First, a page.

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article imageUK's COVID-19 epidemic growing as R number goes over 1.0

By Karen Graham     Sep 11, 2020 in World
London - Public health officials have warned of "worrying signs" of infection among the elderly, as the reproduction “R” number of COVID-19 infections indicated the UK's epidemic is growing again.
The United Kingdom's R number is between 1.0 and 1.2, up from 0.9 to 1.1 last week, the Government Office for Science said on Friday, according to Reuters.
This shows the daily growth rate for the UK as a whole is between -1 percent and 3 percent, up from -1 and 2 percent. The "R" refers to the “effective reproduction number,” and is a way to measure an infectious disease’s capacity to spread.
In other words, the R number represents the average number of people that one infected person will pass the virus on to. Suffice to say that the R number is a key factor in gauging the coronavirus pandemic, and more important - an R value of 1.0 or less is a crucial threshold to reach.
There are a number of factors that can influence the R number, including how infectious the disease is, as well as how it develops over time. Epidemiologists also look at how a population behaves, and if any immunity is present because of infection or vaccination.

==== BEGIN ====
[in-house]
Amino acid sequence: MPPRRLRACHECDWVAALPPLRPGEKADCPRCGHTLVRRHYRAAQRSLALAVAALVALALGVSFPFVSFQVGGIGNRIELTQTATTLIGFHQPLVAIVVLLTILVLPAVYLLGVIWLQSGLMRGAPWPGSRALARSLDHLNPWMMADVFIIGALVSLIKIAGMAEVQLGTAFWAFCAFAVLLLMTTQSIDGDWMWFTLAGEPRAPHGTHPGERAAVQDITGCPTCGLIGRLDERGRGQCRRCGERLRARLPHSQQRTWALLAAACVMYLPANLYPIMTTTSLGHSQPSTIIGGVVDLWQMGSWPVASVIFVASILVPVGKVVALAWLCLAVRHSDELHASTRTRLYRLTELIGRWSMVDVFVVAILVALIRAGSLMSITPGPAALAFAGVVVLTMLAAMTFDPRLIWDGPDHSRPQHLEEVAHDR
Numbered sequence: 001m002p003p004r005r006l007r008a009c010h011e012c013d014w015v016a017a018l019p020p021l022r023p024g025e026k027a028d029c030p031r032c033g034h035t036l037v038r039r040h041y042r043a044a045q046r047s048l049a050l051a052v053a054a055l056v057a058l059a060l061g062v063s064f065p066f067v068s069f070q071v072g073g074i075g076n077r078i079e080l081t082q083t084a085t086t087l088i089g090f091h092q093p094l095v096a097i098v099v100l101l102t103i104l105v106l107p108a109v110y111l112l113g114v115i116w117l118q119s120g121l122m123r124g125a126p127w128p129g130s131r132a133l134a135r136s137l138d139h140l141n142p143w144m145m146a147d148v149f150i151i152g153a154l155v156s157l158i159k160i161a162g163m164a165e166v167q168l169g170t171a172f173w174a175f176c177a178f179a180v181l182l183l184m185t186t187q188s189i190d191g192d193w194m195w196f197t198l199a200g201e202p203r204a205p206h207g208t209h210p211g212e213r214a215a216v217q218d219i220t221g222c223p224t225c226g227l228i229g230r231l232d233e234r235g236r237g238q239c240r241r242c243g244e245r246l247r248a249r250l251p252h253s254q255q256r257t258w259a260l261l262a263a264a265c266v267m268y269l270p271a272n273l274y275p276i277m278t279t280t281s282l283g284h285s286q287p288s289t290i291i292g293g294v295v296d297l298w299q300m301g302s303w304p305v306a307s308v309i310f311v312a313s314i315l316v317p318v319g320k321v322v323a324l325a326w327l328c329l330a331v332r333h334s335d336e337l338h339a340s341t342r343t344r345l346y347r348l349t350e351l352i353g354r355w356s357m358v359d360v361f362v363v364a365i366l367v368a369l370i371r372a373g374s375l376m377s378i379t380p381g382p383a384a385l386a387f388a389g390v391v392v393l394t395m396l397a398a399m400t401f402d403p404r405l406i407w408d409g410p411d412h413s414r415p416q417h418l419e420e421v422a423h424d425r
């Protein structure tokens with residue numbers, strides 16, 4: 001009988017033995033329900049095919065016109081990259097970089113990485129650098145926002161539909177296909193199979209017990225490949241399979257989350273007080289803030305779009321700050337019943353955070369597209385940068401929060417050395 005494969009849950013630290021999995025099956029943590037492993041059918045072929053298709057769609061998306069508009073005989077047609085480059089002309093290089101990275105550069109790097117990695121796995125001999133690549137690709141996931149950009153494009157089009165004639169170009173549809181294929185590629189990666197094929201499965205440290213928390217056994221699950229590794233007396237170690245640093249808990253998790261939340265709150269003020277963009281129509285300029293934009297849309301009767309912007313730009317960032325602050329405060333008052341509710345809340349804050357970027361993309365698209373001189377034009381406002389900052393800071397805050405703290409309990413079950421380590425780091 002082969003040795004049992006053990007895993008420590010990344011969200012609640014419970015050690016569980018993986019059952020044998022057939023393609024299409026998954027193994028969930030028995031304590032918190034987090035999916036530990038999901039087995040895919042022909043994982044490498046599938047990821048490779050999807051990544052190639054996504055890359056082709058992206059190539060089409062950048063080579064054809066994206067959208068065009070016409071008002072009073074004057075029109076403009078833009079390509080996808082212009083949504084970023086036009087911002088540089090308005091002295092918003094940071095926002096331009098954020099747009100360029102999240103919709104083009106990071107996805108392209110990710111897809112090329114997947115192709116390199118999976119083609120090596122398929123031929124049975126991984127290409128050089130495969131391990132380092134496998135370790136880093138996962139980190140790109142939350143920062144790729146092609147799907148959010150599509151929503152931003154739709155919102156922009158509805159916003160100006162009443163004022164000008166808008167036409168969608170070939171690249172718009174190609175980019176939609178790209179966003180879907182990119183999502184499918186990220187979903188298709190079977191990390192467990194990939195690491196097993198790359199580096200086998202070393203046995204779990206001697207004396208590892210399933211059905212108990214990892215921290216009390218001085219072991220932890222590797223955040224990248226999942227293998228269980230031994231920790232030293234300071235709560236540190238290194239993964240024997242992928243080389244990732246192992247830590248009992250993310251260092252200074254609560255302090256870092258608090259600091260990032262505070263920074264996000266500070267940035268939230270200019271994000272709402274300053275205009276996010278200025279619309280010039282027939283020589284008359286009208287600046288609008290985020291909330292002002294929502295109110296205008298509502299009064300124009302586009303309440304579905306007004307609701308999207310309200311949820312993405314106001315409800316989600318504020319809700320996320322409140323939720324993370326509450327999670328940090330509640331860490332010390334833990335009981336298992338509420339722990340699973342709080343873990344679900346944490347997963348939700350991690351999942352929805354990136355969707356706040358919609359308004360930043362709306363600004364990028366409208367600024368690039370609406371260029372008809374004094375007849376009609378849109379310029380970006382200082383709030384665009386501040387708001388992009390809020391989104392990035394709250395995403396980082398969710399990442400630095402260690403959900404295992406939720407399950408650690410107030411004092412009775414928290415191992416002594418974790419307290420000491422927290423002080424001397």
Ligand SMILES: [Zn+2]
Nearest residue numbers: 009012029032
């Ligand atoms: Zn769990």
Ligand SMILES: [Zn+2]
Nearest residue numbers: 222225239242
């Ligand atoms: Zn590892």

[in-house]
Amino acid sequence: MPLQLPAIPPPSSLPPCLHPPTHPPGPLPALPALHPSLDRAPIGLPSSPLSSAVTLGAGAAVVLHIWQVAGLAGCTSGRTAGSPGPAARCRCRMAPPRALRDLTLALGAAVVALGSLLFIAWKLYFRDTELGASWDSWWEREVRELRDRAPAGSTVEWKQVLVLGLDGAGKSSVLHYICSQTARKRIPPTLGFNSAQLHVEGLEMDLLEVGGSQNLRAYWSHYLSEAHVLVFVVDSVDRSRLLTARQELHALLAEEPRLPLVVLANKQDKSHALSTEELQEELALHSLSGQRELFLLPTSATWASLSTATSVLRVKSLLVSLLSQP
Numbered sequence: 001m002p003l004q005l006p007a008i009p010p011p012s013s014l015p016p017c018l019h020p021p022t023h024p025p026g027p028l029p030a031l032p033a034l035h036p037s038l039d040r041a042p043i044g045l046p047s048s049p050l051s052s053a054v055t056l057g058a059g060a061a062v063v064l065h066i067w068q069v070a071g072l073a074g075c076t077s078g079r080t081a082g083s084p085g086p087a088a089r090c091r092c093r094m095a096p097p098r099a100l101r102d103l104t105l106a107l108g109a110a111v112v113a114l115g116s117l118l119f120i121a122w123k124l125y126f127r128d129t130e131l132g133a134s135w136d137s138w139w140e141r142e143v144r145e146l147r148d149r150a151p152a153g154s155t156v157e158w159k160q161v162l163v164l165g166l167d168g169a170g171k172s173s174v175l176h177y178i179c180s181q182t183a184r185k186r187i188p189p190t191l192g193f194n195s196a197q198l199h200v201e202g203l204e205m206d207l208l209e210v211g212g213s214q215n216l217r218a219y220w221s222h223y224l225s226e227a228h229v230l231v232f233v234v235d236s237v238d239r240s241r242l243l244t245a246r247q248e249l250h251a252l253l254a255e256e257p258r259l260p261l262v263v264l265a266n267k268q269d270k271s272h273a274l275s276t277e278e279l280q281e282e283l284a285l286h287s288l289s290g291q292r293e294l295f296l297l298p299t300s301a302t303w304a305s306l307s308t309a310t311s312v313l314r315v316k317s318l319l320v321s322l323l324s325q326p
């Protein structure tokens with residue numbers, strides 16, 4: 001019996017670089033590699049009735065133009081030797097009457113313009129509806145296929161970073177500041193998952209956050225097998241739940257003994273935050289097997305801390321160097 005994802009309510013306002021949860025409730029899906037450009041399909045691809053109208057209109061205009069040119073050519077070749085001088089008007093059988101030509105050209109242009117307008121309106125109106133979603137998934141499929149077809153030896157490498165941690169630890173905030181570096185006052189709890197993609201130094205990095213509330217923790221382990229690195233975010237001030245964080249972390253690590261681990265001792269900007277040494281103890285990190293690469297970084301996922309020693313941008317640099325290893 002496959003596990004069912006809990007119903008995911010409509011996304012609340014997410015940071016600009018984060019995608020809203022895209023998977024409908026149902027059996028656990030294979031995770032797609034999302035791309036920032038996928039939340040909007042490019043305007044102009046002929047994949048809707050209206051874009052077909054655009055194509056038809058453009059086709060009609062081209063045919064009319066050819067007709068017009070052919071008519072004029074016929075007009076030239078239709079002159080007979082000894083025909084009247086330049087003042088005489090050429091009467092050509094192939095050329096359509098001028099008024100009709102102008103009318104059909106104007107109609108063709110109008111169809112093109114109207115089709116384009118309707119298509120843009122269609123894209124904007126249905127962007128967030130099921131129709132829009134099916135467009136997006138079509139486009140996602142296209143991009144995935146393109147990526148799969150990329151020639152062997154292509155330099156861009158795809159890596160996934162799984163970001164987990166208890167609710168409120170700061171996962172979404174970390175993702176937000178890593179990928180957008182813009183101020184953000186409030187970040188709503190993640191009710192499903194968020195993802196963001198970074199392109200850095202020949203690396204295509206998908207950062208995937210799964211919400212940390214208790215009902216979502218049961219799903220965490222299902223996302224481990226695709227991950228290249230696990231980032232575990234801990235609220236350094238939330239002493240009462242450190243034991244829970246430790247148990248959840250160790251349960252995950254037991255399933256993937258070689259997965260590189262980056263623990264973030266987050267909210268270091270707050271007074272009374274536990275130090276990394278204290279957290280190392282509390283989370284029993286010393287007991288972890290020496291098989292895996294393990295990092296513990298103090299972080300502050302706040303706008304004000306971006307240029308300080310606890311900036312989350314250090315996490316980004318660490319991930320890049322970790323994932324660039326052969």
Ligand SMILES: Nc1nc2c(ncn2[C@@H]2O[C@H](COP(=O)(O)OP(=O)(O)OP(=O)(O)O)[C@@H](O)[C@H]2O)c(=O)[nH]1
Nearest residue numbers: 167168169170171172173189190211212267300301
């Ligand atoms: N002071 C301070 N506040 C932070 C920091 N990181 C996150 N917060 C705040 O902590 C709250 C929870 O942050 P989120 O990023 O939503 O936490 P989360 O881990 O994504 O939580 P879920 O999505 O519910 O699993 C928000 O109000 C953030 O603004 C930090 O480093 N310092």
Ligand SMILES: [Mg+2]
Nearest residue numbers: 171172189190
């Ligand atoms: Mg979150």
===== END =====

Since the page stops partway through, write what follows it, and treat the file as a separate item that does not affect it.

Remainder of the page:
This map shows the weekly prevalence  per 100 000 population  of COVID-19 across the UK for the last...
This map shows the weekly prevalence, per 100,000 population, of COVID-19 across the UK for the last seven days - as of September 10, 2020.
Public Health England, Scotland and Wales
And last, but not least, the location of an infected population is also taken into consideration because a densely populated city is likely to have a greater number of infections than a sparsely populated rural area.
The BBC is reporting that new daily confirmed UK cases of the virus rose to 3,539 on Friday, an increase of more than 600 from the day before. As a whole, the number of cases across the UK is still much lower than they were in April, however, a study found that cases were doubling every seven to eight days, primarily in young people.
Yvonne Doyle, medical director at Public Health England, said although younger people made up the greatest share of new cases, "we're now starting to see worrying signs of infections occurring in the elderly, who are at far higher risk of getting seriously ill."
Needless to say, starting Monday, the "rule of six" will restrict indoor and outdoor gatherings in England, Scotland, Wales and Northern Ireland.
Professor James Naismith, from the University of Oxford has the final word: "We know that medical treatment and scientific advances have improved significantly, thus even with infection rates as bad as March and April, there will be many fewer deaths. The more people wash their hands and practise social distancing - especially by and around the vulnerable - the lower the number of deaths and illness we will see."
More about United Kingdom, Corpnavirus, Epidemic, R number, could be growing
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